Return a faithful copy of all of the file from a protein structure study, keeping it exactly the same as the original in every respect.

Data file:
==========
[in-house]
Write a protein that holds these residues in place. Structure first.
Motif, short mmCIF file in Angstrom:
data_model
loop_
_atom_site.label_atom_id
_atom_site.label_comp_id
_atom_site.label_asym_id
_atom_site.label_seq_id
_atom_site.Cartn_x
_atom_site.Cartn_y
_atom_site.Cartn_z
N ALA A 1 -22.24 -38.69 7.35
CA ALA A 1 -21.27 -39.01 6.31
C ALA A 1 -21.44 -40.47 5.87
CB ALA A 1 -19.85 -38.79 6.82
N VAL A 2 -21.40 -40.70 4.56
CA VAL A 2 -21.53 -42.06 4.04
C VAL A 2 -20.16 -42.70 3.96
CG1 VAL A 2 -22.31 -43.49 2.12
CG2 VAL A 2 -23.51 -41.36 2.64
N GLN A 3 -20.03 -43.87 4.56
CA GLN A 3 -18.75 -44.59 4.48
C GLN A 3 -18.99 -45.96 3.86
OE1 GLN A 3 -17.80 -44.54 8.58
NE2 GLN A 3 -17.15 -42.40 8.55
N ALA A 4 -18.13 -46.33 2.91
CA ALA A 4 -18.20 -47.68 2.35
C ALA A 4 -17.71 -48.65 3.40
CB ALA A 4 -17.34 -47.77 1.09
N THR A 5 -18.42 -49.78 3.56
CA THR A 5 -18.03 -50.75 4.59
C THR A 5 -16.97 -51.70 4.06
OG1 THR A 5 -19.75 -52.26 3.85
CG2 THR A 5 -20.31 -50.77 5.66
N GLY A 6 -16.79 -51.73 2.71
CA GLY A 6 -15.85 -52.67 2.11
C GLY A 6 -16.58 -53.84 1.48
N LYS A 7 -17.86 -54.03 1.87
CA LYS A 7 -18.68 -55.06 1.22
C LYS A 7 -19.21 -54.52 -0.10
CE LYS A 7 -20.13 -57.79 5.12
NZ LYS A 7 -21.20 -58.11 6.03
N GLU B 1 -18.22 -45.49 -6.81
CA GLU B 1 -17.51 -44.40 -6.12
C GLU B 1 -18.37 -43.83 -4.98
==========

[in-house]
Write a protein that holds these residues in place. Structure first.
Motif, short mmCIF file in Angstrom:
data_model
loop_
_atom_site.label_atom_id
_atom_site.label_comp_id
_atom_site.label_asym_id
_atom_site.label_seq_id
_atom_site.Cartn_x
_atom_site.Cartn_y
_atom_site.Cartn_z
N ALA A 1 -22.24 -38.69 7.35
CA ALA A 1 -21.27 -39.01 6.31
C ALA A 1 -21.44 -40.47 5.87
CB ALA A 1 -19.85 -38.79 6.82
N VAL A 2 -21.40 -40.70 4.56
CA VAL A 2 -21.53 -42.06 4.04
C VAL A 2 -20.16 -42.70 3.96
CG1 VAL A 2 -22.31 -43.49 2.12
CG2 VAL A 2 -23.51 -41.36 2.64
N GLN A 3 -20.03 -43.87 4.56
CA GLN A 3 -18.75 -44.59 4.48
C GLN A 3 -18.99 -45.96 3.86
OE1 GLN A 3 -17.80 -44.54 8.58
NE2 GLN A 3 -17.15 -42.40 8.55
N ALA A 4 -18.13 -46.33 2.91
CA ALA A 4 -18.20 -47.68 2.35
C ALA A 4 -17.71 -48.65 3.40
CB ALA A 4 -17.34 -47.77 1.09
N THR A 5 -18.42 -49.78 3.56
CA THR A 5 -18.03 -50.75 4.59
C THR A 5 -16.97 -51.70 4.06
OG1 THR A 5 -19.75 -52.26 3.85
CG2 THR A 5 -20.31 -50.77 5.66
N GLY A 6 -16.79 -51.73 2.71
CA GLY A 6 -15.85 -52.67 2.11
C GLY A 6 -16.58 -53.84 1.48
N LYS A 7 -17.86 -54.03 1.87
CA LYS A 7 -18.68 -55.06 1.22
C LYS A 7 -19.21 -54.52 -0.10
CE LYS A 7 -20.13 -57.79 5.12
NZ LYS A 7 -21.20 -58.11 6.03
N GLU B 1 -18.22 -45.49 -6.81
CA GLU B 1 -17.51 -44.40 -6.12
C GLU B 1 -18.37 -43.83 -4.98